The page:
Pathological examination of the specimens of the study group demonstrated resection edge involvement by tumor in 48 patients (56%), and a tumor-free margin of less than 1 cm was found in 38 patients (44%). The median tumor-free margin in these patients was 2 mm (range, 1-8 mm).

In the pathological examination of the specimens of patients without additional edge cryotherapy, we found clear margins (>1 cm) in 98 patients (73%), margins less than 1 cm in 27 patients (20%), and involved margins in 9 patients (7%). In 4 of the 9 patients with involved margins, the procedure was described as palliative by the surgeon.

The primary end point of this analysis was edge recurrence where edge cryotherapy had been used. After a median follow-up of 39 months, 9 patients (10%) experienced tumor recurrence involving the resection edge. Edge recurrence was observed in 7 patients in the involved margin group (14%) and in 2 patients in the group with close margins (5%). Of the 9 patients with edge recurrence, 6 had additional recurrent lesions within the liver remnant. Median time to edge recurrence was 7.5 months (95% confidence interval, 4.96-9.97).

In the control group without edge cryotherapy, 5 patients (5%) experienced edge recurrence of the 97 patients (72%) with adequate follow-up. Four patients were found to have had involved margins, and 1 patient had an inadequate margin (<1 cm) on pathological examination. This shows an edge recurrence rate of 44% (4/9) in the group with an involved resection edge and 4% (1/27) in the group with inadequate margins.

In the study group, a total of 36 patients (42%) had CRCLM recurrence in the liver remnant and 38 patients (44%) had recurrences outside the liver, with the lungs being the most common site (22/38 [58%]).

Overall survival for patients with involved vs inadequate margins was not significantly different. The median survival for patients with involved margins was 33.7 months, and for patients with margins less than 1 cm it was 42.7 months (P = .38; Figure 1). The survival of patients with edge recurrence and/or liver remnant recurrence was not significantly different from survival in those with recurrence elsewhere, or for those with liver and systemic recurrence (median survival for liver recurrence vs systemic recurrence vs liver and systemic recurrence, 39 vs 37 vs 31 months).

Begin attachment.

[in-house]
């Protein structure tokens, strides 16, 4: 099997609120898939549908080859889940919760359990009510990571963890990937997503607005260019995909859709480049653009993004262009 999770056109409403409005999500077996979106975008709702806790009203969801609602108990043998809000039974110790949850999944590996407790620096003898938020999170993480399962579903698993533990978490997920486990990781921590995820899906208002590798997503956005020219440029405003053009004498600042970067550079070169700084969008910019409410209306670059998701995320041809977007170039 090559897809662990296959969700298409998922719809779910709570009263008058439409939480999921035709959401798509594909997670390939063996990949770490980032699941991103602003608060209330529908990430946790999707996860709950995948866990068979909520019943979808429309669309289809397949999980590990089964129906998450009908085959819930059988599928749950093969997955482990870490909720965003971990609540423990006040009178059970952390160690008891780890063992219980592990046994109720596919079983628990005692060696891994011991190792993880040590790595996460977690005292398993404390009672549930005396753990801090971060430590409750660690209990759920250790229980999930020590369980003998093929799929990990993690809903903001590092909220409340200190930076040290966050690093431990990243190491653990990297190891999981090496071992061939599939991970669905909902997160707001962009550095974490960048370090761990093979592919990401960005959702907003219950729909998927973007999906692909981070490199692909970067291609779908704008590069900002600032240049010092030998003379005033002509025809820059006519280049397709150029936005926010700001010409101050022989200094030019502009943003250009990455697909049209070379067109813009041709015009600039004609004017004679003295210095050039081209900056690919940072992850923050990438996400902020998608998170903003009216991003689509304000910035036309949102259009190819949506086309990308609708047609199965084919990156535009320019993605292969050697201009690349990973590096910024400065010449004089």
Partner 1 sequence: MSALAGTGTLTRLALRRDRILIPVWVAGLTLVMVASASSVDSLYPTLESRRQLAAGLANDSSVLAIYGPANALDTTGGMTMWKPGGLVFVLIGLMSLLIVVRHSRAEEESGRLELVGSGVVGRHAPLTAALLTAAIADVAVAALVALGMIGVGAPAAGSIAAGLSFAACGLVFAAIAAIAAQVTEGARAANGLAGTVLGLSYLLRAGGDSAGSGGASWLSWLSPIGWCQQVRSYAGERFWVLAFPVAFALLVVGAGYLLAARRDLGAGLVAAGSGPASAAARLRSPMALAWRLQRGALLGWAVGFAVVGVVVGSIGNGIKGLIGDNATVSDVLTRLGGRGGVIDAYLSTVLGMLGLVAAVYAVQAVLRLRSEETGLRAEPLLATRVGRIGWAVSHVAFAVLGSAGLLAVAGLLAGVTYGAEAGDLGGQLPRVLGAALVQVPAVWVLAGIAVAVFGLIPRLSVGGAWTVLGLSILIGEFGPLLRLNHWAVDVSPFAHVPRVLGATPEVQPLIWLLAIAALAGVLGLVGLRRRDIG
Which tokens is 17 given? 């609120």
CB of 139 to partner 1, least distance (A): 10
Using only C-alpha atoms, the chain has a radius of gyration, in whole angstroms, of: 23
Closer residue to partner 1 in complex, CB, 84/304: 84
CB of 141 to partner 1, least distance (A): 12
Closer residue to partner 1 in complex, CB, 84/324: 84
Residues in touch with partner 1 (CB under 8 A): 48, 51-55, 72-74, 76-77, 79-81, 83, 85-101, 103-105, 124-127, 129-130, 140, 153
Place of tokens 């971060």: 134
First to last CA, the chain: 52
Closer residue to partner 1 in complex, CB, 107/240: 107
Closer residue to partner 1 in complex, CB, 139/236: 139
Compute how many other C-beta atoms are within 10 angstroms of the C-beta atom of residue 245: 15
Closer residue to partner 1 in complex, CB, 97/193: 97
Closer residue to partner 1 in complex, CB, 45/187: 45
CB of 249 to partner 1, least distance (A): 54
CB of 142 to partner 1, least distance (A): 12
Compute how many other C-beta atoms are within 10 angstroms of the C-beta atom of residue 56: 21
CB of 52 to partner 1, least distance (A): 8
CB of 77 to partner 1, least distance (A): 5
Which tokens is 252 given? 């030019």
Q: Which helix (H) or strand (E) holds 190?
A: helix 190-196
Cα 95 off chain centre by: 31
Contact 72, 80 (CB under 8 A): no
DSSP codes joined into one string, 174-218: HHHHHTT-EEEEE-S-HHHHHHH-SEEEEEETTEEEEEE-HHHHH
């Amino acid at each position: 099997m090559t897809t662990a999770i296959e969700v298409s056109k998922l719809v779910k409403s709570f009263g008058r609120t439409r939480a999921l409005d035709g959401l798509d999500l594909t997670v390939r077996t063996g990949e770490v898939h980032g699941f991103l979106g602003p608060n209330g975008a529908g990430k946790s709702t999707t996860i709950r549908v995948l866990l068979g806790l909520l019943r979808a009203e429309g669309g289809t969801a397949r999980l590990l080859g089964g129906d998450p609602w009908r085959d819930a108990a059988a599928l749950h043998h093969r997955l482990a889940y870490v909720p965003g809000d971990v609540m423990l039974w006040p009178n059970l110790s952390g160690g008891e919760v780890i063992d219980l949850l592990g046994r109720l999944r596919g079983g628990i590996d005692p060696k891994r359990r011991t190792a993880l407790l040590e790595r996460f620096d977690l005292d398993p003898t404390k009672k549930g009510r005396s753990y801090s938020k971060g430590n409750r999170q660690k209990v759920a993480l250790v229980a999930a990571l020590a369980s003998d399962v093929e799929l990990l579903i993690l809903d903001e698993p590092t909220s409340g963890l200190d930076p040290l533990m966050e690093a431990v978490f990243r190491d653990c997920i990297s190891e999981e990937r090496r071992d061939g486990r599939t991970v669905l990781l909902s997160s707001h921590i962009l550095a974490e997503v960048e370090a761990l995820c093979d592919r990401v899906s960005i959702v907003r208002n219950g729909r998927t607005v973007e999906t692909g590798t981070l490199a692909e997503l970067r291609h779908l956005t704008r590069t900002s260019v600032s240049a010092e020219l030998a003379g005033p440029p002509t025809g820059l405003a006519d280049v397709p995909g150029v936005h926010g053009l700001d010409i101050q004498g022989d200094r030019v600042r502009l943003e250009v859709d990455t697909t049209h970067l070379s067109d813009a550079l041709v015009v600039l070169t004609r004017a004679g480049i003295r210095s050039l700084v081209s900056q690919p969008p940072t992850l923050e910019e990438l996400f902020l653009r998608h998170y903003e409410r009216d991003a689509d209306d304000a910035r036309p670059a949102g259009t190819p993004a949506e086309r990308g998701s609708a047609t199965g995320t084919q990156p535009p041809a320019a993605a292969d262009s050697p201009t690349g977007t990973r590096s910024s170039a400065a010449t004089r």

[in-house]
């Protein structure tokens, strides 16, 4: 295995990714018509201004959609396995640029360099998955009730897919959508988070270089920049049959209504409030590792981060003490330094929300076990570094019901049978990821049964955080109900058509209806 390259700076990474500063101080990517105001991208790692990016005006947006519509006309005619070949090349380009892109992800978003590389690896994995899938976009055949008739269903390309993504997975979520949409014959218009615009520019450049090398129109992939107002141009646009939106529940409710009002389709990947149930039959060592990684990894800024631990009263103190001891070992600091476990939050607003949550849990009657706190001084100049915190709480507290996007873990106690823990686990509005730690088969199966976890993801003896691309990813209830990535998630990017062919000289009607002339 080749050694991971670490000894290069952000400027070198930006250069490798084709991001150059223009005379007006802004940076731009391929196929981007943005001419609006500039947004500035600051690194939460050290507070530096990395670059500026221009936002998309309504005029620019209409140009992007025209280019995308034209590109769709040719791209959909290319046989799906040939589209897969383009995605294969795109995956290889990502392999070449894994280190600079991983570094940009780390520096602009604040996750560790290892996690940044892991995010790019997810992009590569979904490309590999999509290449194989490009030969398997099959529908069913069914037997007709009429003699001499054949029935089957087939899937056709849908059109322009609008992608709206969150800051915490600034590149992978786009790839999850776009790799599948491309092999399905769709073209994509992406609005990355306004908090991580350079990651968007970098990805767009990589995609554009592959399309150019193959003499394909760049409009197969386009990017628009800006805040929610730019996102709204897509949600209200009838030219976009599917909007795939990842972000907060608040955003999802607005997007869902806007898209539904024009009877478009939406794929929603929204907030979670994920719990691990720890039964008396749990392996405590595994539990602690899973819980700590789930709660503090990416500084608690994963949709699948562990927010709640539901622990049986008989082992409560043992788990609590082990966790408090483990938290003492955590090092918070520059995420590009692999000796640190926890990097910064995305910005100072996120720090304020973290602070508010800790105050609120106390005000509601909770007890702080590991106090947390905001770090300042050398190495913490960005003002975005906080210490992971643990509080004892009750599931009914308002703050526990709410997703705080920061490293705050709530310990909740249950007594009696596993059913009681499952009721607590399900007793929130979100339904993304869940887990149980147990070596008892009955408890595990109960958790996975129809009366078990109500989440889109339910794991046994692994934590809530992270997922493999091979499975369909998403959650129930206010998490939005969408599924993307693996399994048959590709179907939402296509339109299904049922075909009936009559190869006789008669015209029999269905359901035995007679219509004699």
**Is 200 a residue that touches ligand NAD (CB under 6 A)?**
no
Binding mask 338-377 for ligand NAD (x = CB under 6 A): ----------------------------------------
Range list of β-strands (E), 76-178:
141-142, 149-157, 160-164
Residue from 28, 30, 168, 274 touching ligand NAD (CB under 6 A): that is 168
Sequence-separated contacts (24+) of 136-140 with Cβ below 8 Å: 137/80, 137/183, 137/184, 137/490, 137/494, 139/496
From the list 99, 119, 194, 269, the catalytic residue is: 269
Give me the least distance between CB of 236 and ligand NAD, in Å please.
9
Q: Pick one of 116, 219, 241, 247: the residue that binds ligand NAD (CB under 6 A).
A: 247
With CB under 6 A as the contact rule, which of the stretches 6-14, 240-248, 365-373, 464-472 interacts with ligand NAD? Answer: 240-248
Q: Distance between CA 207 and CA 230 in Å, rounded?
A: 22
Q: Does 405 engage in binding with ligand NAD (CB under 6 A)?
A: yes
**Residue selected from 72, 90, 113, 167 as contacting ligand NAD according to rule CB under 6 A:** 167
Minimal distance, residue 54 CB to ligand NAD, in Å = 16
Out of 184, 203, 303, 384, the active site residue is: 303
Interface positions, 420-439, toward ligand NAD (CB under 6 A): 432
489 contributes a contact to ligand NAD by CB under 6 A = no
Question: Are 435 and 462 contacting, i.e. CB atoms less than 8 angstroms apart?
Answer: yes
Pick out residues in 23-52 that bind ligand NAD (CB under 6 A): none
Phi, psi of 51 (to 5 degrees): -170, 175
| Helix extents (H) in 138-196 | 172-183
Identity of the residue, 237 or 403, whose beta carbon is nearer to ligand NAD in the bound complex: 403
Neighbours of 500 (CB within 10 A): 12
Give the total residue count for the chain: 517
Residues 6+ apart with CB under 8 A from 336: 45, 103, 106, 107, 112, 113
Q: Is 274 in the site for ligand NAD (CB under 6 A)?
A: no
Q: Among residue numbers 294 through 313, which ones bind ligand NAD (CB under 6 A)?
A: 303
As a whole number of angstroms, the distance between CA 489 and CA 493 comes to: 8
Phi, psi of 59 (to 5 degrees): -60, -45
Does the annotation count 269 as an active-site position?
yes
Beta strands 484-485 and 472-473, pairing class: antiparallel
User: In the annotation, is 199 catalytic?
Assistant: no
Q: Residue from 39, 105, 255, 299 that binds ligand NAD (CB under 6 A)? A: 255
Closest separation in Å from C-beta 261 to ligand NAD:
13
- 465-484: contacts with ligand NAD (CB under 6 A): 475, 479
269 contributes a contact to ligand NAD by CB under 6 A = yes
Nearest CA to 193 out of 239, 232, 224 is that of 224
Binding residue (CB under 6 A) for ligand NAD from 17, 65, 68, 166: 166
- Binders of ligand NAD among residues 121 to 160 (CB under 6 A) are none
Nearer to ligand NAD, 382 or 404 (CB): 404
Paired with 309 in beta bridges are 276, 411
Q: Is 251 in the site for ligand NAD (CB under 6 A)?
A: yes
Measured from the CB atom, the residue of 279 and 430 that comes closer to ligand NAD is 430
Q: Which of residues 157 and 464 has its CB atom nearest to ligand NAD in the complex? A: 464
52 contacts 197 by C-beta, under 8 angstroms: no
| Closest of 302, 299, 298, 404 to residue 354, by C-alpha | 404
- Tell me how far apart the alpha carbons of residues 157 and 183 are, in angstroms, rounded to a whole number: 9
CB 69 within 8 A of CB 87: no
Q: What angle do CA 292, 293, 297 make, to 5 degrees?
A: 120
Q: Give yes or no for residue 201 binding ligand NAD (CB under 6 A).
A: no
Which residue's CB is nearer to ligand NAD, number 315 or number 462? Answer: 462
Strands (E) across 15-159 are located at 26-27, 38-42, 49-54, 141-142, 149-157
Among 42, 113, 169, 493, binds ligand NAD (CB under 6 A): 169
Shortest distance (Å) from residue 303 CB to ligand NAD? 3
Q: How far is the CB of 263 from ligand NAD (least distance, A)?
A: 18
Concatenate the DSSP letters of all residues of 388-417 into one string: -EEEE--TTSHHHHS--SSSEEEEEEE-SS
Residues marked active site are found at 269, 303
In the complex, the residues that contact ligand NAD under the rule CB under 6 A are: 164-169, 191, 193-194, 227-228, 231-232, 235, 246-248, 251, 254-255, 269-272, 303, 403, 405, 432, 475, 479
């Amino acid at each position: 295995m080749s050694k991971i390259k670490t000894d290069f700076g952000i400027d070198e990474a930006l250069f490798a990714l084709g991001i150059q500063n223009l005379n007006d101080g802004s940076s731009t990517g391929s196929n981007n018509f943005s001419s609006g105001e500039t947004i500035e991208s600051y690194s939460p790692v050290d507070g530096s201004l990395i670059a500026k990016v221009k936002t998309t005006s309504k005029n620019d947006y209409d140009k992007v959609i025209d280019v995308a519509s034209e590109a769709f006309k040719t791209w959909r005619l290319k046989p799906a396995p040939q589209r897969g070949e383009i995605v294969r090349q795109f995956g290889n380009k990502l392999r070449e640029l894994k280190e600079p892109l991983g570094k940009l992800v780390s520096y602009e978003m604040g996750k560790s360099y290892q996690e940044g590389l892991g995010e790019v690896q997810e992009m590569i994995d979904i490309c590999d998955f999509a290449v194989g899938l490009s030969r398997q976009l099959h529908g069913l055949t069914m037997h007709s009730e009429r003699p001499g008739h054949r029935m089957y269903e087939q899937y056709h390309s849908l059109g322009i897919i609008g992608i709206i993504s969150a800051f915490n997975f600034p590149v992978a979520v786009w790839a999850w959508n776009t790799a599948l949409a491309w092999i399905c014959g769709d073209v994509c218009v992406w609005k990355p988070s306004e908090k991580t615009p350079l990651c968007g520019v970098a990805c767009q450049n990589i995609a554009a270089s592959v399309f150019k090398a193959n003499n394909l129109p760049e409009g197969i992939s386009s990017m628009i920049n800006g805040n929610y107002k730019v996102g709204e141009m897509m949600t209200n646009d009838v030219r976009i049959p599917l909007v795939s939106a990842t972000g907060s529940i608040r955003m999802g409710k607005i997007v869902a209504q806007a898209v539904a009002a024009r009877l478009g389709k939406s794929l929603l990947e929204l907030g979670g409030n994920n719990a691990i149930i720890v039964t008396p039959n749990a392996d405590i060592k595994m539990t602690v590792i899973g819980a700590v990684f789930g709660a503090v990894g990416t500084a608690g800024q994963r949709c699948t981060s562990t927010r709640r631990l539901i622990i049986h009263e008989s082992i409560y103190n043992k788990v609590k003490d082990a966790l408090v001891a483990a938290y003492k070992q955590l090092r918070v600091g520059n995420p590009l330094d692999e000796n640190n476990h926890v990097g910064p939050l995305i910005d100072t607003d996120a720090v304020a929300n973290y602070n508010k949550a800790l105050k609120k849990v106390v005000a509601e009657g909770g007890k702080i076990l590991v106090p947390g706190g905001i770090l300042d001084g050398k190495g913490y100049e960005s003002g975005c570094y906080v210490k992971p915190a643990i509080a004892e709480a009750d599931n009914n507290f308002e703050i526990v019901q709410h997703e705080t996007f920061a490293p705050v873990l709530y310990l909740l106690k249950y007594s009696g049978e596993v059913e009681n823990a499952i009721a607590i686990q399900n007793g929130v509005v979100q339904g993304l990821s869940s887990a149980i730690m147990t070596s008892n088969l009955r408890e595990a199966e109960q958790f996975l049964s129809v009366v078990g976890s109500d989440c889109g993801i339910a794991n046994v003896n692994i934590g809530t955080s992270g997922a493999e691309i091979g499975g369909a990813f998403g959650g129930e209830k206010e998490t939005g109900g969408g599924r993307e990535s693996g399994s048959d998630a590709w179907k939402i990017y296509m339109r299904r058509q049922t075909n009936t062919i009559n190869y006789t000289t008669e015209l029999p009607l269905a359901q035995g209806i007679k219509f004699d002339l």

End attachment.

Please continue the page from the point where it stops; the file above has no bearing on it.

Place holder to copy figure label and caption
Figure 1.

Overall survival times (Kaplan-Meier) of patients undergoing liver resection and edge cryotherapy for colorectal metastases depending on involved or inadequate margin (log rank test, P = .38). Symbols represent censored cases.

Graphic Jump Location

Median tumor recurrence–free survival time was 16 months. At last follow-up, a total of 34 patients (40%) were tumor free, 14 patients (16%) had liver recurrence, 22 patients (26%) had liver and systemic recurrence, and 16 patients (19%) had systemic recurrence alone. There was no statistically significant difference in tumor recurrence–free survival time in patients with involved resection margins (14.6 months) compared with that of patients with close margins (16.3 months) (P = .16; Figure 2). Of the 9 patients with edge recurrence, 2 had developed concomitant lung metastases and 2 had developed peritoneal disease.

Place holder to copy figure label and caption
Figure 2.

Recurrence-free survival times (Kaplan-Meier) of patients undergoing liver resection and edge cryotherapy for colorectal metastases depending on involved or inadequate margin (log rank test, P = .16). Symbols represent censored cases.

Graphic Jump Location

After a median follow-up of 23 months, liver recurrence–free survival times were not statistically different for patients with involved edges (19 months) compared with those of patients with close edges (34 months) (P = .66).

None of the investigated prognostic variables reached significance levels during univariate analyses for overall or recurrence-free survival.

A tumor-free and adequate resection margin of 1 cm was identified by several authors1,2,1921 as a significant prognostic factor after resection of colorectal liver metastases Cady and coworkers22 found a doubling of recurrence rates in patients with a positive margin and a significantly higher rate of recurrence in patients with less than a 1-cm margin compared with that of patients with a margin greater than 1 cm. As liver resection is still the gold standard in achieving long-term survival for colorectal liver metastases, numerous attempts have been made to increase the percentage of patients becoming eligible for curative resection. Once presurgical attempts to increase curative resectability of CRCLM have failed, palliative treatment options offer only a limited chance of prolonging survival.

Cryotherapy has been proved to destroy tumor tissue effectively,17 both as an additional treatment to remaining lesions after liver resection and as a sole treatment in patients not eligible for liver resection. Only curative surgical removal or destruction of tumor tissue has been shown to improve survival. In liver surgery, the amount of surrounding normal liver tissue that has to be resected with curative intent is still under discussion.23 Proximity of a tumor to major vessels and inadequate remaining liver volume have therefore been features leading to unresectability.